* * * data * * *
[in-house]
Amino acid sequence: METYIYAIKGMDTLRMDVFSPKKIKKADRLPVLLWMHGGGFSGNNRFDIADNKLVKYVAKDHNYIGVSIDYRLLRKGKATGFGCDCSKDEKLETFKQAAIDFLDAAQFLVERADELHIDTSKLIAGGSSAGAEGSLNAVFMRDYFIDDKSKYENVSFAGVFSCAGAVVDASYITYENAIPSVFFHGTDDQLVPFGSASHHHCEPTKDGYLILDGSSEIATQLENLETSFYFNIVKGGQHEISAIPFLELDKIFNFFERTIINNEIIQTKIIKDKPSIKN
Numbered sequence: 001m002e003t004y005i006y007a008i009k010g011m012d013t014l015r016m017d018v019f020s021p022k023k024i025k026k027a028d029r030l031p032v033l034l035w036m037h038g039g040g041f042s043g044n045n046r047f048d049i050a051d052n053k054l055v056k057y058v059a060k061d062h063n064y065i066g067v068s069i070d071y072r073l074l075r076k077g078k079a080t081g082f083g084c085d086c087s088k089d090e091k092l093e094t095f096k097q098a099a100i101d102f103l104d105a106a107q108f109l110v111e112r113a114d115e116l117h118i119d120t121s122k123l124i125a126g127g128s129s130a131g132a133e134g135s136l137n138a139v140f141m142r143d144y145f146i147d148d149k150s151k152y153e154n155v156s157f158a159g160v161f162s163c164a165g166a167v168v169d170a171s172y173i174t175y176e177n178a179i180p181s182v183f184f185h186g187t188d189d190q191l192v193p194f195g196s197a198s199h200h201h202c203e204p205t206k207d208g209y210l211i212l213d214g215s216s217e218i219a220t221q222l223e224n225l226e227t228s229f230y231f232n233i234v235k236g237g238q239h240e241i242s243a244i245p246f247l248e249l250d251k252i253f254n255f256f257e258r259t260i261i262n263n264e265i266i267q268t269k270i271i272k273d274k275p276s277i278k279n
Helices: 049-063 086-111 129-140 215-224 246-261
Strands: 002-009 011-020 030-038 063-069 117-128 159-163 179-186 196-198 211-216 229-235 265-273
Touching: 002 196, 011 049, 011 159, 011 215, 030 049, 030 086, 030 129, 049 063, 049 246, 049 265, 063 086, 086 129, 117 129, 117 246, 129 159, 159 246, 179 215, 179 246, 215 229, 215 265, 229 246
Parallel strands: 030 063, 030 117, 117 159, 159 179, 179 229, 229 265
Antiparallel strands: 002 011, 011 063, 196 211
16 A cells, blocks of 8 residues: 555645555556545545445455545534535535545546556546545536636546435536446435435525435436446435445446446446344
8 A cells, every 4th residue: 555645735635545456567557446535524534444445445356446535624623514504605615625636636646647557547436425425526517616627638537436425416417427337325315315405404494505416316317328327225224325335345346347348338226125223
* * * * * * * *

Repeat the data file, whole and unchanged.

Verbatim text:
[in-house]
Amino acid sequence: METYIYAIKGMDTLRMDVFSPKKIKKADRLPVLLWMHGGGFSGNNRFDIADNKLVKYVAKDHNYIGVSIDYRLLRKGKATGFGCDCSKDEKLETFKQAAIDFLDAAQFLVERADELHIDTSKLIAGGSSAGAEGSLNAVFMRDYFIDDKSKYENVSFAGVFSCAGAVVDASYITYENAIPSVFFHGTDDQLVPFGSASHHHCEPTKDGYLILDGSSEIATQLENLETSFYFNIVKGGQHEISAIPFLELDKIFNFFERTIINNEIIQTKIIKDKPSIKN
Numbered sequence: 001m002e003t004y005i006y007a008i009k010g011m012d013t014l015r016m017d018v019f020s021p022k023k024i025k026k027a028d029r030l031p032v033l034l035w036m037h038g039g040g041f042s043g044n045n046r047f048d049i050a051d052n053k054l055v056k057y058v059a060k061d062h063n064y065i066g067v068s069i070d071y072r073l074l075r076k077g078k079a080t081g082f083g084c085d086c087s088k089d090e091k092l093e094t095f096k097q098a099a100i101d102f103l104d105a106a107q108f109l110v111e112r113a114d115e116l117h118i119d120t121s122k123l124i125a126g127g128s129s130a131g132a133e134g135s136l137n138a139v140f141m142r143d144y145f146i147d148d149k150s151k152y153e154n155v156s157f158a159g160v161f162s163c164a165g166a167v168v169d170a171s172y173i174t175y176e177n178a179i180p181s182v183f184f185h186g187t188d189d190q191l192v193p194f195g196s197a198s199h200h201h202c203e204p205t206k207d208g209y210l211i212l213d214g215s216s217e218i219a220t221q222l223e224n225l226e227t228s229f230y231f232n233i234v235k236g237g238q239h240e241i242s243a244i245p246f247l248e249l250d251k252i253f254n255f256f257e258r259t260i261i262n263n264e265i266i267q268t269k270i271i272k273d274k275p276s277i278k279n
Helices: 049-063 086-111 129-140 215-224 246-261
Strands: 002-009 011-020 030-038 063-069 117-128 159-163 179-186 196-198 211-216 229-235 265-273
Touching: 002 196, 011 049, 011 159, 011 215, 030 049, 030 086, 030 129, 049 063, 049 246, 049 265, 063 086, 086 129, 117 129, 117 246, 129 159, 159 246, 179 215, 179 246, 215 229, 215 265, 229 246
Parallel strands: 030 063, 030 117, 117 159, 159 179, 179 229, 229 265
Antiparallel strands: 002 011, 011 063, 196 211
16 A cells, blocks of 8 residues: 555645555556545545445455545534535535545546556546545536636546435536446435435525435436446435445446446446344
8 A cells, every 4th residue: 555645735635545456567557446535524534444445445356446535624623514504605615625636636646647557547436425425526517616627638537436425416417427337325315315405404494505416316317328327225224325335345346347348338226125223